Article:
5. Visitors Center with a 110 m2 (1,200 sq. ft. visitor reception area which includes offices, men's and women's rest rooms a refreshment/souvenir area, a 140 mt2 (1500 sq. ft.) landscaped waiting/resting area, and a parking area for both buses and private vehicles (completion date scheduled for July. 1995).
Prices for entry into the Nature Reserve are as follows: Adults US$20.00; Students US$10.00; Children US$10.00: Families US$35.00; Groups with more than 6 people US$12.00 each. These prices include visit to the Butterfly Preserve, the Nature Trails and the Bird Refuge.
The Nature Trails and the Bird Refuge is open from 8:00 A.M. to 5:00 P.M. , and is selfguided. Earlier visitation is possible with permission from the Administration.
The Butterfly Sanctuary is open from 10:00 A.M. to 3;00 P.M. daily, and is guided in either Spanish or English. A complete tour of the Reserve takes from 2 to 3 hours, while the guided visit to the Butterfly Preserve alone takes 30 to 45 minutes.
For more information, please contact Felipe Marn at San Buenaventura de Atitln in Panajachel, Guatemala, tel/fax 502 7622059 or 7621441 ext. 2227 or write to San Buenaventura de Atitln 16 Calle 4-53, zona 10, Edificio Marbella 3er nivel, Guatemala, Contral America.
In addition to all this information, it is also a good experience to visit some of the surrounding towns around the lake. The main tourist arrival town is Panajachel, which is about a 1 hr drive from Chichicastenango, about 4 hrs from Guatemala city, (3 from Antigua). Panajachel is a small town, its main street is called Calle Santander...most budget places to stay as well as fancier places are off this main street. A lot of the traffic there is via Tuk Tuk taxis, or just walking. There are many small restaurants in this area for tourists, and a great variety of them, there is an Indian restaurant (good vegetarian option), a couple steakhouses, mexican food, guatemalan food, even a few taco stands on the street. If you like seafood, you may inquire about the local lake fish, called MOJARRA (lake Perch) Calle Santander is also the center of the small nightlife... some of the restaurants double up as bars in the evening hours.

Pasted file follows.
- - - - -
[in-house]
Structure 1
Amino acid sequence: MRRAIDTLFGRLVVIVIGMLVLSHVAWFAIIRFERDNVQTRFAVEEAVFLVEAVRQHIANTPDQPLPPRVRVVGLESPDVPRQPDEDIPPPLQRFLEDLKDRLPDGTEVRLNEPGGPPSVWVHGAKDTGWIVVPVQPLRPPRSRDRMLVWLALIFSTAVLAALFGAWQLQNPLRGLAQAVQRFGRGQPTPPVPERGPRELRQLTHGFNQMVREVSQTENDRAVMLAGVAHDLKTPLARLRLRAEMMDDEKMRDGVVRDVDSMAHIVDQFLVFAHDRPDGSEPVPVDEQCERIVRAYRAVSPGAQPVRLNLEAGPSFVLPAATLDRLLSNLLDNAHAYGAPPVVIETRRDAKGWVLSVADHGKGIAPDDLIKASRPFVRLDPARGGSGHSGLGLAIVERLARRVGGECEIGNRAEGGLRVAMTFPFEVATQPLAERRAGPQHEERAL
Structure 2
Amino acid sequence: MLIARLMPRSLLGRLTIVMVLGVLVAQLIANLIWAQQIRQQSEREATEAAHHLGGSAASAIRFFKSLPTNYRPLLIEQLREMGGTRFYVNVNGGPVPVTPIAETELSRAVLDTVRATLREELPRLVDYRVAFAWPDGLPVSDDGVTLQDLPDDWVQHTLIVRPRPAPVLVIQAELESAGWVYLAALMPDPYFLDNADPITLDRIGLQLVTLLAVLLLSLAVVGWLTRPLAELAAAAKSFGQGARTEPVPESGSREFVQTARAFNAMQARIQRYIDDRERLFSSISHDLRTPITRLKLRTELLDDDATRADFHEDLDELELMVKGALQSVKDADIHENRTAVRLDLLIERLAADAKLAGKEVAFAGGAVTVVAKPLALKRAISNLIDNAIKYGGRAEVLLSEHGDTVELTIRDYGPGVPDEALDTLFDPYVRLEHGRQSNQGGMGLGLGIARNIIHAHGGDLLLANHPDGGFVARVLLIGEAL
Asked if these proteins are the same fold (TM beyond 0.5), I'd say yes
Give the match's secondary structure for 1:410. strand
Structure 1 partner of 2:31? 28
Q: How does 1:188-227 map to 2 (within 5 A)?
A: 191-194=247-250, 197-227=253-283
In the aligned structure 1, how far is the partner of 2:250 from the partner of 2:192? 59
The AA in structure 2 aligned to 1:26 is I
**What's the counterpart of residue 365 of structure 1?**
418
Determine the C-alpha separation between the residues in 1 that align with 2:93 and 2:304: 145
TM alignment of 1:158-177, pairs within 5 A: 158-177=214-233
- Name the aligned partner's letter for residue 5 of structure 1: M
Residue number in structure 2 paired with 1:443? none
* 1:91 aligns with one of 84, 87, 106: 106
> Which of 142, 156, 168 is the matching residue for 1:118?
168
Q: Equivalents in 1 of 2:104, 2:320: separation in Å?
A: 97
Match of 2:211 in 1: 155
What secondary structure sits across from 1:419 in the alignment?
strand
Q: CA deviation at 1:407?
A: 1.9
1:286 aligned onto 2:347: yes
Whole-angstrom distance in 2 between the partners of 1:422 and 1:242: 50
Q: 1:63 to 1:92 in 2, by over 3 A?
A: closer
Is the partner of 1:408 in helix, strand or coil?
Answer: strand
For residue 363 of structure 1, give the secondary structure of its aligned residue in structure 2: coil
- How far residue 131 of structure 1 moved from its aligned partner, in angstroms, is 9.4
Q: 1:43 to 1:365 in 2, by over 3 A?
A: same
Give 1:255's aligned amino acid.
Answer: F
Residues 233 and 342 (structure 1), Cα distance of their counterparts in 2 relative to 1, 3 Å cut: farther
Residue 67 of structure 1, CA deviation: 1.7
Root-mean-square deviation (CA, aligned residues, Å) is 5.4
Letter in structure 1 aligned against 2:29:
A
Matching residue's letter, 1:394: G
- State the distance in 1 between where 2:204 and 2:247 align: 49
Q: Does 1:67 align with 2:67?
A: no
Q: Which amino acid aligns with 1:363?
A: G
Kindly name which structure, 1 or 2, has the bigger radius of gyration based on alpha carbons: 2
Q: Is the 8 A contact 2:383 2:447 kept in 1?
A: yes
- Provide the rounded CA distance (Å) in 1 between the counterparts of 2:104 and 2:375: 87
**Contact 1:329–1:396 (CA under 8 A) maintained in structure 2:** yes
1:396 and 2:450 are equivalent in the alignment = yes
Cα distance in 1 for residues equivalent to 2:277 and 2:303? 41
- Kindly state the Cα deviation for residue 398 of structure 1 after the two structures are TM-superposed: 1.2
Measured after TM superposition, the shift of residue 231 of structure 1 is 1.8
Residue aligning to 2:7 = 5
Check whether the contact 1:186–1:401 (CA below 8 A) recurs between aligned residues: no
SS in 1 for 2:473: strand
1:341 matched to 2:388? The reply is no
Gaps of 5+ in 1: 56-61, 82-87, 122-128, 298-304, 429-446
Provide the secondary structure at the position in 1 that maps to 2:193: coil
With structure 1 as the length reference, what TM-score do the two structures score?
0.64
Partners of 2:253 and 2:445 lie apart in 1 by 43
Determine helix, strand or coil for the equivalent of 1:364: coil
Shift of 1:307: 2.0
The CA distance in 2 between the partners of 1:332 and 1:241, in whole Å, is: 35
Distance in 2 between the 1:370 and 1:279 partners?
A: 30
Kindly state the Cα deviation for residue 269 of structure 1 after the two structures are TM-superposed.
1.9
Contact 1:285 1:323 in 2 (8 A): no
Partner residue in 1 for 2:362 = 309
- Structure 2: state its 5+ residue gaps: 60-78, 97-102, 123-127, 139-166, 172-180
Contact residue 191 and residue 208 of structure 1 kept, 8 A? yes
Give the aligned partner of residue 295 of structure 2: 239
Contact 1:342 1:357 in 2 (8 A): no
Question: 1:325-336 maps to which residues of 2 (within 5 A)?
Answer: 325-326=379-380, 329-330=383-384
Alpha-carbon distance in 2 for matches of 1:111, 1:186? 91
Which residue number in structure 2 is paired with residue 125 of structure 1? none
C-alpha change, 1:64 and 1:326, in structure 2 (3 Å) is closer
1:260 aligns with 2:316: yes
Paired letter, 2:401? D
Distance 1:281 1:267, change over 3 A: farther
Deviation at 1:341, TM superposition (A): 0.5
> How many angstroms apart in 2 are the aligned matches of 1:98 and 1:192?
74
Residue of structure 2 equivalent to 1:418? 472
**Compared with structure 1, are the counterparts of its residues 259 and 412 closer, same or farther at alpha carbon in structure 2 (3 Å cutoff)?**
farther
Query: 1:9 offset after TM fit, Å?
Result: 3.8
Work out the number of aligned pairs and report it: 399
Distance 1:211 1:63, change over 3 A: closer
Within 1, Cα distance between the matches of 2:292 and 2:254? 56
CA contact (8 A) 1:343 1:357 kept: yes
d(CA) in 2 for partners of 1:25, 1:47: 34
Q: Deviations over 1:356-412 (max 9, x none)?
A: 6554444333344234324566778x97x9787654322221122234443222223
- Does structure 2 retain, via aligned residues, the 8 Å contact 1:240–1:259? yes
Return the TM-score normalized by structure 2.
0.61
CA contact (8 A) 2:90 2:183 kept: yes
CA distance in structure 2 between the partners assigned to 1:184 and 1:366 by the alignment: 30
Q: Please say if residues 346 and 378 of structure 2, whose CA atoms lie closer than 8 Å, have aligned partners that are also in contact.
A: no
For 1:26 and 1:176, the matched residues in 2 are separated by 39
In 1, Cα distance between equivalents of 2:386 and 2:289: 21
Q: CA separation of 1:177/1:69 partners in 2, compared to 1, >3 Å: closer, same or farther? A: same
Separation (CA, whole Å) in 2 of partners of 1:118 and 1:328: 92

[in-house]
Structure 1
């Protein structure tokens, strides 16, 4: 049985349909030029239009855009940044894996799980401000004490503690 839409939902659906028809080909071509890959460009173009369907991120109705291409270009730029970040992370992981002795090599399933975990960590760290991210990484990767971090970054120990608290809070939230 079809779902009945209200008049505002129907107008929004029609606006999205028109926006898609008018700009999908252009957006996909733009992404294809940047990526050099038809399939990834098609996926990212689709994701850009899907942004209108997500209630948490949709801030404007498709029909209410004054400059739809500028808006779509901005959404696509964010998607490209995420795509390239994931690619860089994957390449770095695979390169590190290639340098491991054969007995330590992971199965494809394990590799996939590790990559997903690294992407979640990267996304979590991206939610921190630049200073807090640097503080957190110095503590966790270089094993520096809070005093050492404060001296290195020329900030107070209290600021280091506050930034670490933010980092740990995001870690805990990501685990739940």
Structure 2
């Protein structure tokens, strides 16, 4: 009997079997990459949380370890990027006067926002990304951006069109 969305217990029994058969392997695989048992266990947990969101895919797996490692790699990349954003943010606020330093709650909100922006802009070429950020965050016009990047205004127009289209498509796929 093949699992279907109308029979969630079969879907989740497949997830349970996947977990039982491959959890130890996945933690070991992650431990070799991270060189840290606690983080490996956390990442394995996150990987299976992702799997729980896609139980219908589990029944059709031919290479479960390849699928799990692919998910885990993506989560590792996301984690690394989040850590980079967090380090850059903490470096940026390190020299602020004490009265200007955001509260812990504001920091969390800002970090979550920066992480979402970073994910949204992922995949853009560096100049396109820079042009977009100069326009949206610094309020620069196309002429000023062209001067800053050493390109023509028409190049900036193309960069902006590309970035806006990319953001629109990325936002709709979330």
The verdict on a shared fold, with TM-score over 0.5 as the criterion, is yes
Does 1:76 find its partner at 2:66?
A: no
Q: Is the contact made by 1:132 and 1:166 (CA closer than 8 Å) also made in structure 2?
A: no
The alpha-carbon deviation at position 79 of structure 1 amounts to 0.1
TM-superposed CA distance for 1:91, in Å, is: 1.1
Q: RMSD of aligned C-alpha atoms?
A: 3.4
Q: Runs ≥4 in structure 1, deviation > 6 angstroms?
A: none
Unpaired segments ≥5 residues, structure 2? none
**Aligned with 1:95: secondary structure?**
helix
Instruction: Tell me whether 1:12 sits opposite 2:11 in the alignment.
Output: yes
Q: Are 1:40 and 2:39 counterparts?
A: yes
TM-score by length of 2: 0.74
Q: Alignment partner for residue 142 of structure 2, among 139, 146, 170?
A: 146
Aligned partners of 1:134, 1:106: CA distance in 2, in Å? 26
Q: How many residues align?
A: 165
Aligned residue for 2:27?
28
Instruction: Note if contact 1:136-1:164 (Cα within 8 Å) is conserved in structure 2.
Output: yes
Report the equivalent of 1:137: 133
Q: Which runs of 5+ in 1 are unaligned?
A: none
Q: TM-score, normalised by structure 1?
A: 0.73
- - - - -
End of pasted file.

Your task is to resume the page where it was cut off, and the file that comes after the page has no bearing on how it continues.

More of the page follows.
There are several Spanish language schools in Panajachel. Classes are usually one-to-one with a teacher and, if you wish, you can live with a local family for the total immersion experience. On Calle Santander, at the opposite end to the Lake, is Spanish School Jabel Tinamit. This is a Mayan run school offering flexible lessons to international students.
Calle Santander ends at the lakeshore...within a few minutes walk. There are some seaside small restaurants/stands in the area...also, there are small boats which can be taken to visit the surrounding towns along the lake. Every small town has its own character, locals dress different clothing at each places, they even speak different dialects, so among themselves, they may need to communicate in Spanish.
Examples of other towns: San Pedro de la Laguna...within 50 mins by ferry from Pana. You must walk a hill to get to the main town...nice church, great views. Also, check out the small market next to the church, very nice...you get to see how the locals do grocery shopping....not much in terms of souvenirs, though their coffee beans are supposed to be better than Antiguas'. Another town is Santiago de Atitlan. This one is a little bigger....and one can go visit the small sanctuary to the deity, Maximon. You need to ask a local person,as the place changes from time to time.
Lake Atitlan is wonderful. Definitely a must see to any tourist visiting the area.